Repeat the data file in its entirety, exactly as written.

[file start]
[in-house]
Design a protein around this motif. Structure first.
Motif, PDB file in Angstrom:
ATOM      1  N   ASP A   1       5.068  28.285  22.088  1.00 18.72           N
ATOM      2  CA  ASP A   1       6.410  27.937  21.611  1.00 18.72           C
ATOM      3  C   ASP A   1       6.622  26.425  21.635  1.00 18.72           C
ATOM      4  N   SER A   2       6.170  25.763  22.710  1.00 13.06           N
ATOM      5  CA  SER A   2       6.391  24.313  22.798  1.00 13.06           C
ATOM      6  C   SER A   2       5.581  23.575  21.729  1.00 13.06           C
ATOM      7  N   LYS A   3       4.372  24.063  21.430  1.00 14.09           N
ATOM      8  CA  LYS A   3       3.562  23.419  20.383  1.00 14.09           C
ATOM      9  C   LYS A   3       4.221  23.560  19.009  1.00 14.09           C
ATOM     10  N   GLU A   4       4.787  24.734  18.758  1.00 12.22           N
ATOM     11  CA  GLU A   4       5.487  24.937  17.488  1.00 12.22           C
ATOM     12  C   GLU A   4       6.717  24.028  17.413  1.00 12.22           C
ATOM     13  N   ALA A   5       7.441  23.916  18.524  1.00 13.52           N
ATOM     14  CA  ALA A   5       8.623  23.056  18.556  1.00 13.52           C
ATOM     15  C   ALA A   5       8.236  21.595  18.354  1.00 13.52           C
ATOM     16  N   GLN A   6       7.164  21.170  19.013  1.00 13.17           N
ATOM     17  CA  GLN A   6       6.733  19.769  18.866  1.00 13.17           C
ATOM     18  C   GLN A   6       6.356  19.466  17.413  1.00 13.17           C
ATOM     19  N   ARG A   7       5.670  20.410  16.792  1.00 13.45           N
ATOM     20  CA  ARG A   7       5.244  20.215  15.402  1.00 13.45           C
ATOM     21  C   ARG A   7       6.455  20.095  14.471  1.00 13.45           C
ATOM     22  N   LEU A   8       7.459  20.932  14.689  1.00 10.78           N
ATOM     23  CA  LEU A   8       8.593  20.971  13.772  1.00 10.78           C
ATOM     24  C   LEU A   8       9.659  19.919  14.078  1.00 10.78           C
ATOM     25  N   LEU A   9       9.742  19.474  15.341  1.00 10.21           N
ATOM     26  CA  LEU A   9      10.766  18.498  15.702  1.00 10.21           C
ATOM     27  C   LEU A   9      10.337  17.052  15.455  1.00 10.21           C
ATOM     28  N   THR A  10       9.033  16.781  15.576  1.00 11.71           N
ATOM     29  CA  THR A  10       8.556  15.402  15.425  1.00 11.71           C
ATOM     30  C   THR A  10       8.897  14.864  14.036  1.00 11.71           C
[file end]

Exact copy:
[in-house]
Design a protein around this motif. Structure first.
Motif, PDB file in Angstrom:
ATOM      1  N   ASP A   1       5.068  28.285  22.088  1.00 18.72           N
ATOM      2  CA  ASP A   1       6.410  27.937  21.611  1.00 18.72           C
ATOM      3  C   ASP A   1       6.622  26.425  21.635  1.00 18.72           C
ATOM      4  N   SER A   2       6.170  25.763  22.710  1.00 13.06           N
ATOM      5  CA  SER A   2       6.391  24.313  22.798  1.00 13.06           C
ATOM      6  C   SER A   2       5.581  23.575  21.729  1.00 13.06           C
ATOM      7  N   LYS A   3       4.372  24.063  21.430  1.00 14.09           N
ATOM      8  CA  LYS A   3       3.562  23.419  20.383  1.00 14.09           C
ATOM      9  C   LYS A   3       4.221  23.560  19.009  1.00 14.09           C
ATOM     10  N   GLU A   4       4.787  24.734  18.758  1.00 12.22           N
ATOM     11  CA  GLU A   4       5.487  24.937  17.488  1.00 12.22           C
ATOM     12  C   GLU A   4       6.717  24.028  17.413  1.00 12.22           C
ATOM     13  N   ALA A   5       7.441  23.916  18.524  1.00 13.52           N
ATOM     14  CA  ALA A   5       8.623  23.056  18.556  1.00 13.52           C
ATOM     15  C   ALA A   5       8.236  21.595  18.354  1.00 13.52           C
ATOM     16  N   GLN A   6       7.164  21.170  19.013  1.00 13.17           N
ATOM     17  CA  GLN A   6       6.733  19.769  18.866  1.00 13.17           C
ATOM     18  C   GLN A   6       6.356  19.466  17.413  1.00 13.17           C
ATOM     19  N   ARG A   7       5.670  20.410  16.792  1.00 13.45           N
ATOM     20  CA  ARG A   7       5.244  20.215  15.402  1.00 13.45           C
ATOM     21  C   ARG A   7       6.455  20.095  14.471  1.00 13.45           C
ATOM     22  N   LEU A   8       7.459  20.932  14.689  1.00 10.78           N
ATOM     23  CA  LEU A   8       8.593  20.971  13.772  1.00 10.78           C
ATOM     24  C   LEU A   8       9.659  19.919  14.078  1.00 10.78           C
ATOM     25  N   LEU A   9       9.742  19.474  15.341  1.00 10.21           N
ATOM     26  CA  LEU A   9      10.766  18.498  15.702  1.00 10.21           C
ATOM     27  C   LEU A   9      10.337  17.052  15.455  1.00 10.21           C
ATOM     28  N   THR A  10       9.033  16.781  15.576  1.00 11.71           N
ATOM     29  CA  THR A  10       8.556  15.402  15.425  1.00 11.71           C
ATOM     30  C   THR A  10       8.897  14.864  14.036  1.00 11.71           C